Sebastian Utermöhlen: From the overhead catenary system of the train infrastructure. The closer you get to a station, the more condensed it becomes, as the tracks converge there. It's a bit like Ingo Maurer's luminaire "bulb," for which he interpreted the light bulb as a symbiosis of technology and poetry. He has also worked with rope systems in earlier designs – for example, in his ""YaYaHo" luminaire. But the whole thing can also be compared to a composition in which the lights are placed on the ropes like notes.

What were the functional challenges in the spatial implementation of the lighting concept?

Sebastian Utermöhlen: After all, the overall structure of the buildings is usually already fixed in advance, as it is due to the conditions above ground. This affects parameters such as the room height, the location of the exits or the platform level – and all seven subway stations have different spaces. The rope concept has proven to be very flexible in this respect, especially with different room heights or angled geometries. When I work with a grid, it usually doesn't work out in the corners. Our concept, on the other hand, is adaptable – this also applies to the required uniform lighting of the subway stations, as the luminaires can be flexibly positioned on the cables and there are also two cable levels on which the luminaires are arranged in each case.

Another element of the lighting design is the colored shadows created by the luminaires on the ground. What's that all about?

Sebastian Utermöhlen: The colored shadows were part of the design concept from the very beginning. Ingo Maurer was primarily concerned with bringing some color into the rooms in the form of light.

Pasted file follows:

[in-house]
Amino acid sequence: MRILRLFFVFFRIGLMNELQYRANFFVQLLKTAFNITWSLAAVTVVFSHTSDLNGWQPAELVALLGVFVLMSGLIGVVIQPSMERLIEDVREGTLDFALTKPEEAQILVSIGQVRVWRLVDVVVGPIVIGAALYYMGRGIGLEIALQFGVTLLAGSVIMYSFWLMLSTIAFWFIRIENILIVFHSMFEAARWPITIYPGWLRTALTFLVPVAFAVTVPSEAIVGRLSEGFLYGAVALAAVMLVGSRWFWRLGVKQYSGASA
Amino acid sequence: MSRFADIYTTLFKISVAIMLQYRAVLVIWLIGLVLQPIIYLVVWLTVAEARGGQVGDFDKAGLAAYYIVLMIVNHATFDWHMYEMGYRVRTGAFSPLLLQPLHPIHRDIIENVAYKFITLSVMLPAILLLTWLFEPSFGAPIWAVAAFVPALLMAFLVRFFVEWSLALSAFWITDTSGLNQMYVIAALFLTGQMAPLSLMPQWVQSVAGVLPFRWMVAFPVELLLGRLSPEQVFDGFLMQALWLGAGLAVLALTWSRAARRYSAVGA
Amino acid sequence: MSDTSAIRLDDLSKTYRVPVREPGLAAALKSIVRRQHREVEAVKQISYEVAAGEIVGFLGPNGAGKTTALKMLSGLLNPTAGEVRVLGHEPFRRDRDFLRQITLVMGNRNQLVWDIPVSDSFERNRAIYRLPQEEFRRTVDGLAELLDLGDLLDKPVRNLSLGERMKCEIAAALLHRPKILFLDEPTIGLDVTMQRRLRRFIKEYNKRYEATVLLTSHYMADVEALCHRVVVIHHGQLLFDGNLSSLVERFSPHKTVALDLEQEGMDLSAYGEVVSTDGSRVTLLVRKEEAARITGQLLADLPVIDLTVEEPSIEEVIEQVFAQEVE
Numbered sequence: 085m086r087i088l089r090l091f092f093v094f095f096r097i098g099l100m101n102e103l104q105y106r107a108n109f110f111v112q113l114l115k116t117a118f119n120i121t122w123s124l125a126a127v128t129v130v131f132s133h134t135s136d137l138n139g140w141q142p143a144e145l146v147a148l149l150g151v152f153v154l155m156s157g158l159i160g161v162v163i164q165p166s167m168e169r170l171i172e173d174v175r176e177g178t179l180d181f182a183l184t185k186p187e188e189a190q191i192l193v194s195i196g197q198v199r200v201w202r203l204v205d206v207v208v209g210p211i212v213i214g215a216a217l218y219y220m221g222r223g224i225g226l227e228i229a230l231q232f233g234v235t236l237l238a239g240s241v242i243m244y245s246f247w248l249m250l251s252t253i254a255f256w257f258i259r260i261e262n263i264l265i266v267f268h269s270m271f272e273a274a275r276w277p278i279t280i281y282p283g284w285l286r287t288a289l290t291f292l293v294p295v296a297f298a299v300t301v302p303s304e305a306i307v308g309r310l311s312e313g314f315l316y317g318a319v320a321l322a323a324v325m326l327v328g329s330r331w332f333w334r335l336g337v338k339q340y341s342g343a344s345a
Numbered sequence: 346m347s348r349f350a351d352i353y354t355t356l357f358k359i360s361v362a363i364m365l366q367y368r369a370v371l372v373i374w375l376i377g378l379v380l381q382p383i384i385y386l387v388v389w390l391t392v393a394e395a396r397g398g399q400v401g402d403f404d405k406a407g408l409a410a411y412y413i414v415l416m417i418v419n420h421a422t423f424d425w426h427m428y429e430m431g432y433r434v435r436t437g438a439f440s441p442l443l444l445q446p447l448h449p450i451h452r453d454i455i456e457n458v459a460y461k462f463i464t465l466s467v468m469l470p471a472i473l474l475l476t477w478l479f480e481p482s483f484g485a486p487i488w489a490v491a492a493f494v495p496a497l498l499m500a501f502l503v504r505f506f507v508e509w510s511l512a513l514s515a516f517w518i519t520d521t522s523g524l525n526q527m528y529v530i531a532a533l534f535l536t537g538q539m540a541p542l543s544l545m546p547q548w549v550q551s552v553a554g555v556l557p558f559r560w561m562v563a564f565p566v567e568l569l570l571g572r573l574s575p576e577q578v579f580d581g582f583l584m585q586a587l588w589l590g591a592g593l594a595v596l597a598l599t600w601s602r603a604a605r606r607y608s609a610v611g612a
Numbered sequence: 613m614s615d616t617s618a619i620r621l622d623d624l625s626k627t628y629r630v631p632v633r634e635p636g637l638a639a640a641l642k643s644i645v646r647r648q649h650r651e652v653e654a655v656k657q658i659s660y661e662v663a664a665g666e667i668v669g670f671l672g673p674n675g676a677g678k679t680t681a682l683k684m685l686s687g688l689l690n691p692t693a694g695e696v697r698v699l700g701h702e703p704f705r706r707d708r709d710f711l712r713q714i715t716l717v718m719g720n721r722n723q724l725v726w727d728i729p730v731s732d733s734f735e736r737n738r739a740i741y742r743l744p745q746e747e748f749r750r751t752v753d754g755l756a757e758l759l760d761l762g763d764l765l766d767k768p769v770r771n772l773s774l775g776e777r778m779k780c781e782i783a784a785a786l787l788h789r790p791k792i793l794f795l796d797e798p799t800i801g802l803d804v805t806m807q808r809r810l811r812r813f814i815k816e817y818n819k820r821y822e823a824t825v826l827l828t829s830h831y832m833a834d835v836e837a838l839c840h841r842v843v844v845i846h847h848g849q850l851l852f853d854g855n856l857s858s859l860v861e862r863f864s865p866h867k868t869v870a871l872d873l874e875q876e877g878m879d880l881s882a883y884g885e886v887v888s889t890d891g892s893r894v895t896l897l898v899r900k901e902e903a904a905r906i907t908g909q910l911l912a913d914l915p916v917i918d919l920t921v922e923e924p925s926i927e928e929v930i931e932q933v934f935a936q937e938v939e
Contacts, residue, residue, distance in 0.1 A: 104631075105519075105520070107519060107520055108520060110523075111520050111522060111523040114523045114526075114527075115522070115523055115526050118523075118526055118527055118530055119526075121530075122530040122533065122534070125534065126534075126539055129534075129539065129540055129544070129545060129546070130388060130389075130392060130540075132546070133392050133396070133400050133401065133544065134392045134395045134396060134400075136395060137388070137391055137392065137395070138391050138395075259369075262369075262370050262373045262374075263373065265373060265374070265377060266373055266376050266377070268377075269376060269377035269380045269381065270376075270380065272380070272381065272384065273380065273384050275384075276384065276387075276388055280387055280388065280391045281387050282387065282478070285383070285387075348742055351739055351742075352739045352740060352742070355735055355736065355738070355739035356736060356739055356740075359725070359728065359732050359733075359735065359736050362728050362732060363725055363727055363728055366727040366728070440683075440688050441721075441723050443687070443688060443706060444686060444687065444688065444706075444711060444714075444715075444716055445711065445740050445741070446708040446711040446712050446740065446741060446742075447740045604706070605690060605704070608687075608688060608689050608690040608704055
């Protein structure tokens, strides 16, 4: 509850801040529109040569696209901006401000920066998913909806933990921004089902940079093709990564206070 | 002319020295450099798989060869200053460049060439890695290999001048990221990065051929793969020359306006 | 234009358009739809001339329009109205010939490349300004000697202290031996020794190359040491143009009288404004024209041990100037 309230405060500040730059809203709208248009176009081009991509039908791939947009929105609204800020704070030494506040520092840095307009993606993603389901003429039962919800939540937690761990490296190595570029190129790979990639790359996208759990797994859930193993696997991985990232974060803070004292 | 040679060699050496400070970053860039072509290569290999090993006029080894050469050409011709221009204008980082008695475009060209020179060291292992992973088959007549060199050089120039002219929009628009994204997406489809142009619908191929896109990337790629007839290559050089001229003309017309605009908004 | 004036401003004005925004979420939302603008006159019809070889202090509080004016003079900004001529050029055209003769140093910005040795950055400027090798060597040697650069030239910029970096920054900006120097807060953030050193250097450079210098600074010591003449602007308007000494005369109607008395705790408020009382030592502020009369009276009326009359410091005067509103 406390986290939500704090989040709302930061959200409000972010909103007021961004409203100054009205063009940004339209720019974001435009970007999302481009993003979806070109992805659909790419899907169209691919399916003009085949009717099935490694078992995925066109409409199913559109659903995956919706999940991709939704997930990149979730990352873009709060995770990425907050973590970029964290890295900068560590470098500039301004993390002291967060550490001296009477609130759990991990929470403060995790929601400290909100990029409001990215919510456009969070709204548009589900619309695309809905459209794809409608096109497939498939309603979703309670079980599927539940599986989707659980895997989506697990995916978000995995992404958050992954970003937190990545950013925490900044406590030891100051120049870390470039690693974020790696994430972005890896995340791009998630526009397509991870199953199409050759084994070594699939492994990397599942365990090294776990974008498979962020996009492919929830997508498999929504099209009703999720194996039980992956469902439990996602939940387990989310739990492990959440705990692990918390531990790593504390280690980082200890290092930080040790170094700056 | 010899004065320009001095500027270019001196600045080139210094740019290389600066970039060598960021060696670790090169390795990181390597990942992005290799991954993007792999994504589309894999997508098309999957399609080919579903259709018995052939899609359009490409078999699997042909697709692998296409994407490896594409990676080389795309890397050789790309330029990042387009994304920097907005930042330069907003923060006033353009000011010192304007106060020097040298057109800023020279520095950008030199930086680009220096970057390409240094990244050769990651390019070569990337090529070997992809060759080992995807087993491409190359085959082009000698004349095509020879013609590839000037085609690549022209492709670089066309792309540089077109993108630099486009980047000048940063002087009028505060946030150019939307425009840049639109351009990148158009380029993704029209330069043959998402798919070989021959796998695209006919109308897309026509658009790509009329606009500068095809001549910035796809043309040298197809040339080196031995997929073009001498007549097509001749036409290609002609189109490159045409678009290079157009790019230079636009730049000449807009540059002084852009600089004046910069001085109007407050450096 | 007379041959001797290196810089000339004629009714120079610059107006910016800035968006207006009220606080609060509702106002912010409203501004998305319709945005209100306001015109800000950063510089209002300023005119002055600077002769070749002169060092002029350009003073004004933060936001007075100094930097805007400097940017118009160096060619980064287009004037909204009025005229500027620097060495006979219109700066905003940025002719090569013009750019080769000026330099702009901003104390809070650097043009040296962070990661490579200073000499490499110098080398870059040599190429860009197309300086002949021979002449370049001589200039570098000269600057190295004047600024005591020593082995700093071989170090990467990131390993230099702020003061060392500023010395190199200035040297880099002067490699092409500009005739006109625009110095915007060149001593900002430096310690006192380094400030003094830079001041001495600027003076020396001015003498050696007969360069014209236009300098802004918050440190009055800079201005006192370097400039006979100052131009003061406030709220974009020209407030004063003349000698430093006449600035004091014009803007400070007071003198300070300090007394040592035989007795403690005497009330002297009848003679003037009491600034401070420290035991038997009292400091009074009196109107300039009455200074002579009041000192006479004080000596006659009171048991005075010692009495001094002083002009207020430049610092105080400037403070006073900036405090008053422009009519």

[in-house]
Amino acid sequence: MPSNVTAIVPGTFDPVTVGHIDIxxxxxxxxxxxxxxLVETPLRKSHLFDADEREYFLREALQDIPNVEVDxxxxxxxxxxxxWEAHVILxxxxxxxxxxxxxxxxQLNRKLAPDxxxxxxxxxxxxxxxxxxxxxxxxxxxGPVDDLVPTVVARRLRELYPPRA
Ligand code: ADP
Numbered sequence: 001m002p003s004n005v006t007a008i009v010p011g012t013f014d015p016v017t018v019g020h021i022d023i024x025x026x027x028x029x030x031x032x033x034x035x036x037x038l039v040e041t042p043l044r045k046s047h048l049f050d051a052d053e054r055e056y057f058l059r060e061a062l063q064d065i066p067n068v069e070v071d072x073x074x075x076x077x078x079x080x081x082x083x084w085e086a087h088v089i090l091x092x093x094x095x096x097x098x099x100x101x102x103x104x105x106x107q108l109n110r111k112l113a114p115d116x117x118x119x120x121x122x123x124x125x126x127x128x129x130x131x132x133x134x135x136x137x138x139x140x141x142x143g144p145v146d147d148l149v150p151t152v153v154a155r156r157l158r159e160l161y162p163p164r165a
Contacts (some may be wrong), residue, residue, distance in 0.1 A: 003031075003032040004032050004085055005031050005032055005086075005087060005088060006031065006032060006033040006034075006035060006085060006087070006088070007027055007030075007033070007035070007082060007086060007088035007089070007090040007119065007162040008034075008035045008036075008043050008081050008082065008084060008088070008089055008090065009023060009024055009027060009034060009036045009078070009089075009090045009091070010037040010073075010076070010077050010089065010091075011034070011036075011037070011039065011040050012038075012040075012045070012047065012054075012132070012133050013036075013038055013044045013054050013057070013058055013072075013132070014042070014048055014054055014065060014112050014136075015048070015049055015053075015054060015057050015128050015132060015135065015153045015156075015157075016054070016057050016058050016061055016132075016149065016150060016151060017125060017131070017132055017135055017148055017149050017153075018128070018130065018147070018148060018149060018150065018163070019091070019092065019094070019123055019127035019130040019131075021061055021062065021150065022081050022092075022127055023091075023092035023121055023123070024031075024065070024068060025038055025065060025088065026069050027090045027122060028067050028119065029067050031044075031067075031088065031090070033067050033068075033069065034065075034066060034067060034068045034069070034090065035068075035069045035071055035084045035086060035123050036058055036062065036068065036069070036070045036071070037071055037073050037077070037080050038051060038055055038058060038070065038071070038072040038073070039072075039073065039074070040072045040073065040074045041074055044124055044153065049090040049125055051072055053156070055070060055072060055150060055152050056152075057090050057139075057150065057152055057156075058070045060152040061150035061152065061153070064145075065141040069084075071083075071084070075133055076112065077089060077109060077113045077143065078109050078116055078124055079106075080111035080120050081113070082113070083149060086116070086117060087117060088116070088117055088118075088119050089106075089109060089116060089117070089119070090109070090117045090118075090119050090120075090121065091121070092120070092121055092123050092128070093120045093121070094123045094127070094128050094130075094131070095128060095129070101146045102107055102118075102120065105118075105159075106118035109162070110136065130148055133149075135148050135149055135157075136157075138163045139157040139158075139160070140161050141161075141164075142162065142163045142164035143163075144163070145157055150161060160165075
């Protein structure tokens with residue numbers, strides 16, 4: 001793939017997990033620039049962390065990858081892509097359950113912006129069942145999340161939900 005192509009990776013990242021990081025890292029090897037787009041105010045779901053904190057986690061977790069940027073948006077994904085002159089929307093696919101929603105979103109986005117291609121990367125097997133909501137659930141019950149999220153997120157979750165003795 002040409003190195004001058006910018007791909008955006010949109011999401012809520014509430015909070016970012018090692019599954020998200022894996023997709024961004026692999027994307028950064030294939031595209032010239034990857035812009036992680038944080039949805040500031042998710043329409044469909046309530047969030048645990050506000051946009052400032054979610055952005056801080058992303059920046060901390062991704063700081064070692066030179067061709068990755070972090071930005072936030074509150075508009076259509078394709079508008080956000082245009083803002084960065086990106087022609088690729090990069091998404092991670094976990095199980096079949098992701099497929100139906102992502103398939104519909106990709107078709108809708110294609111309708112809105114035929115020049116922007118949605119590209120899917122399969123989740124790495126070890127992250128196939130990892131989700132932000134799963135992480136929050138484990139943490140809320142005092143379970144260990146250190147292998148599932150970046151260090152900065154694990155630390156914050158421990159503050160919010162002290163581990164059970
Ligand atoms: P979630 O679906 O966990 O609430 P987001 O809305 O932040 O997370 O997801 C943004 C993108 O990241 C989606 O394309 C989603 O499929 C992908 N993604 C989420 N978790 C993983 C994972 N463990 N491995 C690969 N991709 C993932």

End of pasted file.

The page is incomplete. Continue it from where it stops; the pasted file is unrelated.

How does that work exactly?

Sebastian Utermöhlen: When you mix red, green and blue light, you get white light. To do this, we placed three different and irregularly arranged spots on the cable system, which create white points of light on the floor. As soon as the passengers pass through these light points, they take away parts of the respective colors and the complementary colors then appear as shadows on the floor. The result is thus a play of colors that is staged via the passengers.

You also designed the respective mezzanines of the subway stations. What is the lighting concept here?

Sebastian Utermöhlen: The surfaces in the mezzanine floors are made of bush-hammered concrete and are rougher than in the platform area. The lighting responds to this with a free and at the same time directional light distribution. These are cones recessed into the ceiling, based on our "Light Cone L" luminaire. The luminaires are set back and the cones are angled inwards so that the light can be directed specifically. In addition, this results in light cones on the walls. There is also handrail lighting for the stairs, which creates a kind of light pedestal.

In the past, lighting design was a subordinate part of electrical design. Can you tell from the Karlsruhe subway stations and the collaboration with a famous designer like Ingo Maurer that more importance is now attached to lighting design?

Sebastian Utermöhlen: Yes, I would say that. In the old traffic buildings, it was often about efficiency and using as few light sources as possible. In the 1970s, that led to stations where there was a continuous fluorescent line with correspondingly monotonous lighting. And that was one of Ingo Maurer's great themes: to create spaces whose light is entertaining and creates a successful atmosphere.